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Tuesday 21 November 2017

Emissions tax for farmers backed by Citizens' Assembly

Dancers from Dublin Youth Dance Company performed in Malahide, in a collaboration with Stop Climate Chaos to host ‘Dance for Climate Action’ – a celebration of the Citizens’ Assembly. Photo: Leon Farrell/Photocall Ireland
Dancers from Dublin Youth Dance Company performed in Malahide, in a collaboration with Stop Climate Chaos to host ‘Dance for Climate Action’ – a celebration of the Citizens’ Assembly. Photo: Leon Farrell/Photocall Ireland

Margaret Donnelly and Laura Lynott

Farmers could face taxes for greenhouse gas emissions produced from farming, if the views of the Citizens' Assembly are backed by the Government.

Farmers could face taxes for greenhouse gas emissions produced from farming, if the views of the Citizens' Assembly are backed by the Government.

This weekend, 100pc of the assembly recommended the State should take a leadership role in addressing climate change.

There was also 89pc backing for a move to tax greenhouse gas emissions from agriculture, while there should be rewards for the farmer for land management that sequesters carbon.

The assembly also voted (97pc) that the State should end all subsidies for peat extraction and instead spend that money on peat bog restoration, phased out over five years, while 99pc called for a State review of supports for land use diversification, with attention to supports for planting forests and encouraging organic farming.

The assembly voted on 13 recommendations to be taken forward to the Oireachtas in the new year, with 80pc recommending they'd be willing to pay higher taxes on carbon-intensive activities.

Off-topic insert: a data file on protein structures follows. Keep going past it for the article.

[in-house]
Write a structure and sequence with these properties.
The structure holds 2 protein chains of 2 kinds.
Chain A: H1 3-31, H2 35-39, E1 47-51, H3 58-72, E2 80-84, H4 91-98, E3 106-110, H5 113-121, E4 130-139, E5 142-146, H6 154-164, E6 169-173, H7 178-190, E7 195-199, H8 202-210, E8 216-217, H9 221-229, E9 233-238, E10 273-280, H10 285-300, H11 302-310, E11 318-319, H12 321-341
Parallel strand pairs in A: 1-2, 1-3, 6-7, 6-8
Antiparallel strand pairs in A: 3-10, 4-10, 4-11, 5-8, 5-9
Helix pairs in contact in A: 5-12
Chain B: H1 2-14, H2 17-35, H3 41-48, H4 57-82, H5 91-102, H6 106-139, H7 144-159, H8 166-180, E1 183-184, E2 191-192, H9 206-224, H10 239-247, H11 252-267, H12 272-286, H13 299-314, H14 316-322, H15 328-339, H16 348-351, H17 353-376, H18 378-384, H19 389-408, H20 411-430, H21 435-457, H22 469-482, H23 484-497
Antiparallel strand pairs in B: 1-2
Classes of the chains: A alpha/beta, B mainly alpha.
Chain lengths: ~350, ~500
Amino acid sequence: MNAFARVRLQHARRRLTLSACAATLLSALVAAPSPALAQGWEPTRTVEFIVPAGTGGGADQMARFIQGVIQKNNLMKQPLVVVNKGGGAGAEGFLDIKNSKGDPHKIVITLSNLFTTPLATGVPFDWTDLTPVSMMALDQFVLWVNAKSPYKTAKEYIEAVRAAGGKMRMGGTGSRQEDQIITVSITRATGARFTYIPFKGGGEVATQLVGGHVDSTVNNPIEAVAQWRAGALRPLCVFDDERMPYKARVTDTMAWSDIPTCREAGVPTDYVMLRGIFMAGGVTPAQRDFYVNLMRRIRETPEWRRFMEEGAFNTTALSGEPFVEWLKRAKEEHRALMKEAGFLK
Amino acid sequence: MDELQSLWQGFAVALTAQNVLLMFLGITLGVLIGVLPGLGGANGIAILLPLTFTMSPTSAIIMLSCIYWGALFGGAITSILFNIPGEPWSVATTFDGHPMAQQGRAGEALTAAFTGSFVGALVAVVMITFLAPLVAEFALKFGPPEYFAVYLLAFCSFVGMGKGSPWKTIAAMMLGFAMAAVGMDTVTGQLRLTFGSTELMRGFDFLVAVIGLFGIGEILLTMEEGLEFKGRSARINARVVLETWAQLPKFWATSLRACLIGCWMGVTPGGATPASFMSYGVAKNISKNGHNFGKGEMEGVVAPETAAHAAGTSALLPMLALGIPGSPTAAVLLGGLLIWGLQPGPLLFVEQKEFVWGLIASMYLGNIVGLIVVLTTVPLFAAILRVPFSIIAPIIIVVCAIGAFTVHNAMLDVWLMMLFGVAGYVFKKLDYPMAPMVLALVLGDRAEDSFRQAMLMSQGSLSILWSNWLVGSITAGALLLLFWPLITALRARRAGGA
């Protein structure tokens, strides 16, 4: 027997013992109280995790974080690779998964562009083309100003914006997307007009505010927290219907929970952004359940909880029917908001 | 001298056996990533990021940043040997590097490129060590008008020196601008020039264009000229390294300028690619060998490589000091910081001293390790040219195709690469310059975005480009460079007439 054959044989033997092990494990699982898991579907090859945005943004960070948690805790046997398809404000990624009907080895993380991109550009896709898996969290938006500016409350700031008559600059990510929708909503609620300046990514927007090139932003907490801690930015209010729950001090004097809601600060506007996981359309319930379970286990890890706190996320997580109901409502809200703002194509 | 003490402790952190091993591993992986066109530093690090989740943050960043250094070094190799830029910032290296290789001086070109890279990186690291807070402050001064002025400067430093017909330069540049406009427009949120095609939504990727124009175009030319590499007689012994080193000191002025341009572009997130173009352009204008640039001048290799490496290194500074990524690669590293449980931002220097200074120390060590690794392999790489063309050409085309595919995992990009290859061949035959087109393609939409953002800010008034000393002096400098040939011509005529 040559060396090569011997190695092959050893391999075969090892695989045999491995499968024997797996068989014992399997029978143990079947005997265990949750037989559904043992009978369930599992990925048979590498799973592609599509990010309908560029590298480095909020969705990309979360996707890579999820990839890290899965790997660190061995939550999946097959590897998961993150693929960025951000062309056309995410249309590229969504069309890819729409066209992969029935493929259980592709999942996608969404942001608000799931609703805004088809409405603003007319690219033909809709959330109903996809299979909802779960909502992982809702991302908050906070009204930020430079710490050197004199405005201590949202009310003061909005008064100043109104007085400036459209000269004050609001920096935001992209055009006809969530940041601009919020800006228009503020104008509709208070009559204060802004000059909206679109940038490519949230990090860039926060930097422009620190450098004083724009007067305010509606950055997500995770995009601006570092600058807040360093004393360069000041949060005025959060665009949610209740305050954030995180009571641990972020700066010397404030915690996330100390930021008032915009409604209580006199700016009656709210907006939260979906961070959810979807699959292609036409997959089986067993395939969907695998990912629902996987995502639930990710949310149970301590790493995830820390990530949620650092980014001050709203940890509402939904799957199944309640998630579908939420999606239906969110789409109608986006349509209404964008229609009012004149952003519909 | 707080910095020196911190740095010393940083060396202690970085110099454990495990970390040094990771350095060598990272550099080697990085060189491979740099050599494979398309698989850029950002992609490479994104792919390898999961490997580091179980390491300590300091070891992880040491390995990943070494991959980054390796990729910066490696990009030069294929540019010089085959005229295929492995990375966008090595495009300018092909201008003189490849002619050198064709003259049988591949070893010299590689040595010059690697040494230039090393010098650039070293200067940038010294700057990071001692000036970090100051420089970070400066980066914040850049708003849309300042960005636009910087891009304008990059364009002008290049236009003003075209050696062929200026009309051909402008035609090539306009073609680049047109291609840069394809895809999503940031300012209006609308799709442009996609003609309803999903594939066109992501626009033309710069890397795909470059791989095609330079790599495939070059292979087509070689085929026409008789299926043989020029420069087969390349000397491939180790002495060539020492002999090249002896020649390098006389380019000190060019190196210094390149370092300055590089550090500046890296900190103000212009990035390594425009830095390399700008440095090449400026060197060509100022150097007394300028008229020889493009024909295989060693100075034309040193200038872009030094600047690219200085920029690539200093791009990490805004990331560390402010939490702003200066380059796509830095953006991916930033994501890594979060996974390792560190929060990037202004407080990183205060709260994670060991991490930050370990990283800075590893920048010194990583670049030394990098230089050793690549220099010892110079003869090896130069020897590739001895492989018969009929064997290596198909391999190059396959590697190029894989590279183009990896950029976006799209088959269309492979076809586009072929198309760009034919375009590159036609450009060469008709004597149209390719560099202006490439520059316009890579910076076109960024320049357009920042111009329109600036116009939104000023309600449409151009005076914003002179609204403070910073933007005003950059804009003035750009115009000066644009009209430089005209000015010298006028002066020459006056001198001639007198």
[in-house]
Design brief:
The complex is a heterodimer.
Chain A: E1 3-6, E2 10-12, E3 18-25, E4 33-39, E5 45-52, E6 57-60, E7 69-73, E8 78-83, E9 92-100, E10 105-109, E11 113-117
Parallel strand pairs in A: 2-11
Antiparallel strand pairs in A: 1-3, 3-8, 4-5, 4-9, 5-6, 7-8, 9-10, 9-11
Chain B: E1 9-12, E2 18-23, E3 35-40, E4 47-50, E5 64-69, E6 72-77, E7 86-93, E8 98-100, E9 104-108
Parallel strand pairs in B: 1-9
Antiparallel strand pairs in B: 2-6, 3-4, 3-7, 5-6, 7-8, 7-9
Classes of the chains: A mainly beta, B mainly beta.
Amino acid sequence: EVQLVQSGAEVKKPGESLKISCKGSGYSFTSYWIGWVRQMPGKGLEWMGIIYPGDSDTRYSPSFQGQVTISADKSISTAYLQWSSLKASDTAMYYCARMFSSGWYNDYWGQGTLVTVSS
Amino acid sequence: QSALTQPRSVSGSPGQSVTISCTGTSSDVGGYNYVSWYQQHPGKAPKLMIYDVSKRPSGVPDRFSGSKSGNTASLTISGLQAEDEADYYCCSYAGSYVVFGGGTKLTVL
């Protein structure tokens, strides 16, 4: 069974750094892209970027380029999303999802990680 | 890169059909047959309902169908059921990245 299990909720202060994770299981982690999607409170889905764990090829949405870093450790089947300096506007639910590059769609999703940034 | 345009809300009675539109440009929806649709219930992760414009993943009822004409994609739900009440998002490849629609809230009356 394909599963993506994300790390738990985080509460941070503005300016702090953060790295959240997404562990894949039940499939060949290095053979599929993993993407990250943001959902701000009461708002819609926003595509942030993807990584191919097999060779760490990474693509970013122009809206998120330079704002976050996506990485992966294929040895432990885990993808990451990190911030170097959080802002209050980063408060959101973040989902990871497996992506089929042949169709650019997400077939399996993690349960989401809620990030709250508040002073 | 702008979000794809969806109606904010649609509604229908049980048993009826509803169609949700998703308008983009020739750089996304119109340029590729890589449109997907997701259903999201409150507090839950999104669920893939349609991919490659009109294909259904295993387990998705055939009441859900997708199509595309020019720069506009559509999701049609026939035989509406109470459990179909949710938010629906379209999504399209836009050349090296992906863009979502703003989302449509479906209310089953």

Chair Mary Laffoy, at the Citizens’ Assembly at the Grand Hotel in Malahide. Photo: Arthur Carron
Chair Mary Laffoy, at the Citizens’ Assembly at the Grand Hotel in Malahide. Photo: Arthur Carron

Any such measures implemented by Government are likely to spark fears the agricultural sector could be financially penalised as Ireland attempts to become a climate change leader.

Ambitious

In a move showing strong support for a greener Ireland, 93pc voted for bus and cycle lanes, along with park and ride facilities, being "greatly increased" within five years. These voters said much "greater priority" should be given to environmentally friendly transport over private cars by the State.

Some 96pc want to see an expanded network of charging points to support the transition to electric vehicles.

The same number voted for the introduction of incentives, including help-to-buy schemes, reductions in motor tax, and lower, or free, motorway tolls, particularly in rural communities, to transfer to electric vehicles.

Assembly chair Mary Laffoy said the "ambitious" recommendations were "likely to have the support of the public and in turn allow us to meet our existing international and European obligations".

The recommendations will be brought forward to the Oireachtas in the new year.

Irish Independent

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